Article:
Georgetown University Appoints Transformative Nurse Leader as Dean of School of Nursing

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Roberta Waite

Dr. Roberta Waite Currently Serves as Executive Director of Highly Regarded Community-Based Organization in Philadelphia

WASHINGTON (December 15, 2021) — Georgetown University President John J. DeGioia today announced that Roberta Waite, EdD, PMHCNS, RN, MSN, ANEF, FAAN, a transformative nurse leader, will become the dean of the School of Nursing on the university’s campus on July 1, 2022.

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Karen Teber

A professor of nursing at Drexel University, Waite currently serves as executive director of the university’s Stephen and Sandra Sheller 11th Street Family Health Services in Philadelphia and associate dean for Community-Centered Health & Wellness and Academic Integration at Drexel.

The newly reconceptualized, standalone School of Nursing continues a tradition of nursing education that began at Georgetown in 1903 and will grow from its current School of Nursing & Health Studies. The school is an organizational part of Georgetown University Medical Center.

Edward B. Healton, MD, MPH, the medical center’s executive vice president for health sciences, joined DeGioia in welcoming Waite.

“Dr. Waite is an exceptional nurse leader with an unwavering dedication to educating future health-care providers, ones who are grounded in values that align with our Catholic, Jesuit heritage with a particular focus on social justice,” Healton said.

“I am especially excited that we will benefit from her lifelong commitment — reflected in action — in support of racial justice, equity, inclusion and diversity,” he added. “We are truly fortunate to have her leadership at this critical and energizing time on our Medical Center campus as we continue to advance our anti-racism and racial justice work.”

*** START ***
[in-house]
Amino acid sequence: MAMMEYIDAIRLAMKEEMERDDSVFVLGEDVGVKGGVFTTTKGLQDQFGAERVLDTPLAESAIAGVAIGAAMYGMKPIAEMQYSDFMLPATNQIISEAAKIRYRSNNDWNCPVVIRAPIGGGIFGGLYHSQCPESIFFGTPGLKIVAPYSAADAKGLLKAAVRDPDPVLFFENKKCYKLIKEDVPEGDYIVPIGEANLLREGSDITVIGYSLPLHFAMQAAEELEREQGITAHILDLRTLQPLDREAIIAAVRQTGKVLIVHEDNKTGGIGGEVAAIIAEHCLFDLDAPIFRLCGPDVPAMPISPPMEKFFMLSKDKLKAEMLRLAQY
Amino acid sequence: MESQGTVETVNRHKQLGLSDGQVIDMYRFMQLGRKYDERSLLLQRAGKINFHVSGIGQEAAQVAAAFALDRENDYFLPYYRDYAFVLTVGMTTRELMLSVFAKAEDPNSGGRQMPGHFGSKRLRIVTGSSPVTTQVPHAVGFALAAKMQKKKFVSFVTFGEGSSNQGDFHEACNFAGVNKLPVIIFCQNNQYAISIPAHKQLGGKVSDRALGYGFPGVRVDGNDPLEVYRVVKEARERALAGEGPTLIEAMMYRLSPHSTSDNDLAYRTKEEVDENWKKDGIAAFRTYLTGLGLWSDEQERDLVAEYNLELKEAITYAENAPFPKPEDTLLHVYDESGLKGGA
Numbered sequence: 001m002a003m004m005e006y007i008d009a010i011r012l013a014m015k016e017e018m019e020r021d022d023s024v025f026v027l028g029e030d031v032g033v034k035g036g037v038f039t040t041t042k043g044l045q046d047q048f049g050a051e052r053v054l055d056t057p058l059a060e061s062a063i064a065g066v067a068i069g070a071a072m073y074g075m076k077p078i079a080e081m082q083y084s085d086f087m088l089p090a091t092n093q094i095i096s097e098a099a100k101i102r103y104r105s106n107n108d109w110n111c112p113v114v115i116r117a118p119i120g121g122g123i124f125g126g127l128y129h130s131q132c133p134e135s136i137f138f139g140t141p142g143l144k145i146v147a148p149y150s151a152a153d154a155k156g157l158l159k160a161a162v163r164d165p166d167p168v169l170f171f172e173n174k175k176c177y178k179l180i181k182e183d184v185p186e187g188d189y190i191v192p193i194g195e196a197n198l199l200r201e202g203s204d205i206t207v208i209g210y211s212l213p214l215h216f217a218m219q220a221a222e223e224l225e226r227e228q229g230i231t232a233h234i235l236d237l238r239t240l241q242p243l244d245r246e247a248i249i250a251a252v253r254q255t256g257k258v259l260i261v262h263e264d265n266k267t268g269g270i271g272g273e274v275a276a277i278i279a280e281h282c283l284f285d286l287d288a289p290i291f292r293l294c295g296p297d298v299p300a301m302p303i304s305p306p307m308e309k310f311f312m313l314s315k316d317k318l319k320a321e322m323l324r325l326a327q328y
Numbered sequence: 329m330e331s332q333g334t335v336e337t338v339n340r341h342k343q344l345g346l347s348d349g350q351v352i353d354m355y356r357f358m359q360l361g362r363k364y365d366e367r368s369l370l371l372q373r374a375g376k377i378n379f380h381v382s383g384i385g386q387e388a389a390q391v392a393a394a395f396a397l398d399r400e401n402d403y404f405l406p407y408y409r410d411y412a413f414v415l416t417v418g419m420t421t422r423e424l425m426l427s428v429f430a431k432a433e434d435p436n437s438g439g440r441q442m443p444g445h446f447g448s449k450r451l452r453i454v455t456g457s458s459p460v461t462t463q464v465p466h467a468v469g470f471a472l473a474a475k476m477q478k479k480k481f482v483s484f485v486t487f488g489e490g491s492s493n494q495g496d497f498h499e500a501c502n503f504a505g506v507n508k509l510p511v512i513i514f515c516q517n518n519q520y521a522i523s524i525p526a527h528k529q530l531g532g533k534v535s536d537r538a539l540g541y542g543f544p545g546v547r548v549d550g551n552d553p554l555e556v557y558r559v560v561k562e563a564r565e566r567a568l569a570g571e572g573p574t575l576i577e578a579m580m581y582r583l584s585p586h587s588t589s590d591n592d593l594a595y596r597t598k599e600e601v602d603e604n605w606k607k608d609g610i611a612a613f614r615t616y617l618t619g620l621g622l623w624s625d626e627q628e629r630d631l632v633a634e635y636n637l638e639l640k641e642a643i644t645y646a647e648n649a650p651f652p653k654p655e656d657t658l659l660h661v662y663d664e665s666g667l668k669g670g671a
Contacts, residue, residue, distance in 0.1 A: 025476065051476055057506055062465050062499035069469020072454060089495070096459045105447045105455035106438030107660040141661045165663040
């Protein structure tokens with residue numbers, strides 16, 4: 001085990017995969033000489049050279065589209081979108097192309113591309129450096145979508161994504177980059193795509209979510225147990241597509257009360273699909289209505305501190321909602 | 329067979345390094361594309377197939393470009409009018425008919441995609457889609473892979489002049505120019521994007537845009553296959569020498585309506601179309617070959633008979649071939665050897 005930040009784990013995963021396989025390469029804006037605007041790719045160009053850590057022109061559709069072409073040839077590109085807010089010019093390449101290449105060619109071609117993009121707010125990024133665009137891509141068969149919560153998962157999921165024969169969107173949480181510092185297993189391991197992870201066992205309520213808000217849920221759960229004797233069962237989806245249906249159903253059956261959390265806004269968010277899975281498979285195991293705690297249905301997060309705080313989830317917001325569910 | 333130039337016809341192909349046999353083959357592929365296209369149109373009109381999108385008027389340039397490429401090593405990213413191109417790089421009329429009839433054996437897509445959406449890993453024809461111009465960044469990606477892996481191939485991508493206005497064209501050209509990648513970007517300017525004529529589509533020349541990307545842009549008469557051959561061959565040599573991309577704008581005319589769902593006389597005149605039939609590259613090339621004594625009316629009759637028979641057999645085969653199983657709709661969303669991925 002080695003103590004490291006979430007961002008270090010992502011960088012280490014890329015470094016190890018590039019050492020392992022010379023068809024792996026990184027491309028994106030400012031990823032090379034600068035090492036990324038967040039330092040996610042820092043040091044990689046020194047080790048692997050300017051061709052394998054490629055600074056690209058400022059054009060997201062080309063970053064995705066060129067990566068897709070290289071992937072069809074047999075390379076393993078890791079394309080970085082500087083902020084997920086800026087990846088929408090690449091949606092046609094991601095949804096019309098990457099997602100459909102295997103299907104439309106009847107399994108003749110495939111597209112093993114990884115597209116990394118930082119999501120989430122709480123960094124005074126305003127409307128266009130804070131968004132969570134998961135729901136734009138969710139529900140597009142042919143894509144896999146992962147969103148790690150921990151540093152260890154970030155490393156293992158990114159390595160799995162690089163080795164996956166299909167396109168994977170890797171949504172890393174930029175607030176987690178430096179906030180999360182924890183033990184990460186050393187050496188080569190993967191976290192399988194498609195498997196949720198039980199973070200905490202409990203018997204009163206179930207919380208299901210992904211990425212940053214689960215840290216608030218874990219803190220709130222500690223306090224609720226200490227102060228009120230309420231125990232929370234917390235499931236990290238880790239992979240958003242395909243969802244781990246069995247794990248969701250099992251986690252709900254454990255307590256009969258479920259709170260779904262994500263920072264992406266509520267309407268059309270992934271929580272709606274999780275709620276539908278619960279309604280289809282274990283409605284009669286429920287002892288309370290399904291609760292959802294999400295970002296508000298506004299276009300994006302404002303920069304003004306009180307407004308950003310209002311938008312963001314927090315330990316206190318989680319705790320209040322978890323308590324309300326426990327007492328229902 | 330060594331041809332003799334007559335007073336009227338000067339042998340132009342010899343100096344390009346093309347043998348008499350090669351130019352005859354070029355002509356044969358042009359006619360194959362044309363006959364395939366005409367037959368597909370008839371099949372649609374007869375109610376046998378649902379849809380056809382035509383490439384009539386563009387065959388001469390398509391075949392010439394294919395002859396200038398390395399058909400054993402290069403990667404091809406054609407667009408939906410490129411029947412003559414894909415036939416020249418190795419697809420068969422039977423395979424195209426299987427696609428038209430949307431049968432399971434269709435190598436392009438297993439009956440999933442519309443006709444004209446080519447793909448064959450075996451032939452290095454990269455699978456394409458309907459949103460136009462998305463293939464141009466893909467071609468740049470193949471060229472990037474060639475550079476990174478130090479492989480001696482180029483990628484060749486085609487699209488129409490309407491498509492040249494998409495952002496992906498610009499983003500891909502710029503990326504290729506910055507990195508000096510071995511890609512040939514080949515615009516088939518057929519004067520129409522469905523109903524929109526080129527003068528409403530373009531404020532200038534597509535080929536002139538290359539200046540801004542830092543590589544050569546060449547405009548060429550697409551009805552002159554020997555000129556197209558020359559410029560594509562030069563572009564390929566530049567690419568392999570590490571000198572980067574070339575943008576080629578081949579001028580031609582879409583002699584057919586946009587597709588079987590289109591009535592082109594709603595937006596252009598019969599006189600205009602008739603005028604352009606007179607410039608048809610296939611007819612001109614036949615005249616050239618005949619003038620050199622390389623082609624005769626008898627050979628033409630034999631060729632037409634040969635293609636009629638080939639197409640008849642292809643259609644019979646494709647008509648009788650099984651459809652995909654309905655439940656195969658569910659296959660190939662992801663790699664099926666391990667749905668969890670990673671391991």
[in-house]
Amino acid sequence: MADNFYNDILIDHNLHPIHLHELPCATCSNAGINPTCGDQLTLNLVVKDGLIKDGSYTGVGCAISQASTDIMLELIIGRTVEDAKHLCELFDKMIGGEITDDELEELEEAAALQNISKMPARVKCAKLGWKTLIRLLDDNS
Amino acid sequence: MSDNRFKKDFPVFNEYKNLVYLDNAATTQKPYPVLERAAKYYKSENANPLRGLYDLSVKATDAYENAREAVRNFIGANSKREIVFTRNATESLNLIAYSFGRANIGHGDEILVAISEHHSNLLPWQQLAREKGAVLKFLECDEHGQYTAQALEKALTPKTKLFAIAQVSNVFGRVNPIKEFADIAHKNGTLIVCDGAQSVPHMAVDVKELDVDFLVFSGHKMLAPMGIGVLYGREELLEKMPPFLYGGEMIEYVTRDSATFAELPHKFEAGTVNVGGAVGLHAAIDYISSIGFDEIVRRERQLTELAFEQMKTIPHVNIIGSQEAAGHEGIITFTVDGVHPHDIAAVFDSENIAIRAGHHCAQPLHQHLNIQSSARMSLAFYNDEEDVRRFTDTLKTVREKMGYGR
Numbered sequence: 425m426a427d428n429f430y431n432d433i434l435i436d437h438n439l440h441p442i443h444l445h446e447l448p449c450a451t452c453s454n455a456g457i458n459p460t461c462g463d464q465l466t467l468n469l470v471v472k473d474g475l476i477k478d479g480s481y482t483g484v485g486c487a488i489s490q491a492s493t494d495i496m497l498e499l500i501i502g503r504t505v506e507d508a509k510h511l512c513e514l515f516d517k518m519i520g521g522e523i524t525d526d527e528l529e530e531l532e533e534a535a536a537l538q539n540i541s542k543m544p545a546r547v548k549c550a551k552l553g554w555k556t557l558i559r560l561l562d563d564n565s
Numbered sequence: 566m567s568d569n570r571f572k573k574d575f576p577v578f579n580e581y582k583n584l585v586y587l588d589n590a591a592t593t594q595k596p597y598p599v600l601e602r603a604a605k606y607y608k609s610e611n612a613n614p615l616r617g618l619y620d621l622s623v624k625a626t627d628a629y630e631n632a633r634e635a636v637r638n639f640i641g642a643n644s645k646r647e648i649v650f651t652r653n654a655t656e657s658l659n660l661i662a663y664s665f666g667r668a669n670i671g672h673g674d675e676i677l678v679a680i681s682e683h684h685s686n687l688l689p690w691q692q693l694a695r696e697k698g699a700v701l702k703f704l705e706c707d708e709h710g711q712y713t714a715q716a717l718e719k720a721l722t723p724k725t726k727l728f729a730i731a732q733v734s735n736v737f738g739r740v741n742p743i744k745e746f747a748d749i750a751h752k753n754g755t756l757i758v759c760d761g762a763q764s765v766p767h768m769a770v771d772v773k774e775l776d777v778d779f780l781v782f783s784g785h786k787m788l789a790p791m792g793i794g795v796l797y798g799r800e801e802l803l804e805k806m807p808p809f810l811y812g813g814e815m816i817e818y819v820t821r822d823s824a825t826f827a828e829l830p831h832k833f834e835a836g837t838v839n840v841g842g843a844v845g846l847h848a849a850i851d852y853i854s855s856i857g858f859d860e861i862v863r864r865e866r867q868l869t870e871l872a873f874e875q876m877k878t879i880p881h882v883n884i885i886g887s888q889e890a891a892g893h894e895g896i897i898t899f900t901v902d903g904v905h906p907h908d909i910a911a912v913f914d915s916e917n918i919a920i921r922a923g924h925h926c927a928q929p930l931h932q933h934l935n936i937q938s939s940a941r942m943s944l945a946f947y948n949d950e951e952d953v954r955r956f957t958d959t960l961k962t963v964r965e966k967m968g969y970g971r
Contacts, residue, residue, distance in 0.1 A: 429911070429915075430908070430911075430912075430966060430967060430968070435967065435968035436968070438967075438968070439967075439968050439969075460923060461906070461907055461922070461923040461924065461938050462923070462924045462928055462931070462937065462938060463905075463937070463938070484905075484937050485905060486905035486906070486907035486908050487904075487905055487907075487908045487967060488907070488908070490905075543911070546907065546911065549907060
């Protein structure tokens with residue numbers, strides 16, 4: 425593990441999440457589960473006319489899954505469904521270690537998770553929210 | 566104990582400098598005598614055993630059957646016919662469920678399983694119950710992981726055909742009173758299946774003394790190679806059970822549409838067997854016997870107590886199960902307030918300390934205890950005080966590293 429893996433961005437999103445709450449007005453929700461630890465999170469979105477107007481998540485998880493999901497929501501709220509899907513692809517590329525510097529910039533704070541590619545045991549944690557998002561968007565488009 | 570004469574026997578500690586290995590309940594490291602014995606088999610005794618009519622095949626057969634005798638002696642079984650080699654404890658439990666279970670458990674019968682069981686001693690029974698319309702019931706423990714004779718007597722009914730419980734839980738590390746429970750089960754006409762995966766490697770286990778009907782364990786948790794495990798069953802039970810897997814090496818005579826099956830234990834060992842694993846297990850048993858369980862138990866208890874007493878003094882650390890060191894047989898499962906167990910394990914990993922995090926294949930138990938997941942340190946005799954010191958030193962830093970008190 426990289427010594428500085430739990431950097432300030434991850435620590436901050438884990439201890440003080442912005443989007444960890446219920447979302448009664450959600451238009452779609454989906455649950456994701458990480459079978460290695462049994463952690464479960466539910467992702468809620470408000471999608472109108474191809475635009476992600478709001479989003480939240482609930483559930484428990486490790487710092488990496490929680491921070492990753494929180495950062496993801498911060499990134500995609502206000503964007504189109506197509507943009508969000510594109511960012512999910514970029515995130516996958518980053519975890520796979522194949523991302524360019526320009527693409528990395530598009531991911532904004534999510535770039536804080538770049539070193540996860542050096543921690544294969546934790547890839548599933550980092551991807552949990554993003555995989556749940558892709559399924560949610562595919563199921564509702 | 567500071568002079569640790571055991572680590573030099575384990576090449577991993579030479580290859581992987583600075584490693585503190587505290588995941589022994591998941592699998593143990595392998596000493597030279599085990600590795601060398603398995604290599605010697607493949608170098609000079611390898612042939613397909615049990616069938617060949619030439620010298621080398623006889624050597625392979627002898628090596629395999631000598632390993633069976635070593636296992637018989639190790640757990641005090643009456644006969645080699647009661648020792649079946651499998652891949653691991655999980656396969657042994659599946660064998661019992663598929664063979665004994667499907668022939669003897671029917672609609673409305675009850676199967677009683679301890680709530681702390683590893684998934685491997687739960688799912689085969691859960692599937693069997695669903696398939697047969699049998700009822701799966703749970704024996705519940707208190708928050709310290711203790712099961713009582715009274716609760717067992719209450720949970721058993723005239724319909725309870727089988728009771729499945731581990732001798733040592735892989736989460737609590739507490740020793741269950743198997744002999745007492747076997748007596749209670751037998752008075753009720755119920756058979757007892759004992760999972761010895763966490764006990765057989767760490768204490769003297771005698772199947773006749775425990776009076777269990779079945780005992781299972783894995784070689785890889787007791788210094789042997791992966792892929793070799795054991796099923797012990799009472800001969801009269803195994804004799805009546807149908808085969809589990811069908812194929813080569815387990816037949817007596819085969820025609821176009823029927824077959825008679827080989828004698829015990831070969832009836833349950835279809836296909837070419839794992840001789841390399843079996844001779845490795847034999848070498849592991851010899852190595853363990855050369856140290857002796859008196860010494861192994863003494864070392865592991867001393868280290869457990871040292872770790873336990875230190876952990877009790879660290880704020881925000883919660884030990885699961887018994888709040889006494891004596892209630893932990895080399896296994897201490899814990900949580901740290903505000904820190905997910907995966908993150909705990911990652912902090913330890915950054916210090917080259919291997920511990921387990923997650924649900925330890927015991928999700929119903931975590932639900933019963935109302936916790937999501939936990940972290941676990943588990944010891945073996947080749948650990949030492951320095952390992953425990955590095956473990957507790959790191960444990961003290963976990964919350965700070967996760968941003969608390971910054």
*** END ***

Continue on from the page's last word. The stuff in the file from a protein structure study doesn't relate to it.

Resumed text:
Waite, a fellow of the American Academy of Nursing and the Academy of Nurse Education of the National League for Nursing, will join the Georgetown community May 1 as a professor of nursing and begin as dean two months later.

“I really want to see nurses educated to be responsive to individuals within society,” she said. This involves “taking a critical lens to understand the social and the structural mechanisms that actually detract from health and those things that enhance health. I know we can do better. Based on our own code of ethics through nursing, which is grounded in social justice, we have to do better.”

She said she looks forward to working together with students, faculty, staff, alumni, clinical and community partners, and academic colleagues to take the School of Nursing in meaningful new directions, including mission-oriented work to advance racial justice and health equity.

“I’m just overjoyed,” Waite said. “I am very excited. This is like the new chapter in my life, and I’m looking forward to see what words are going to be written on the pages.”

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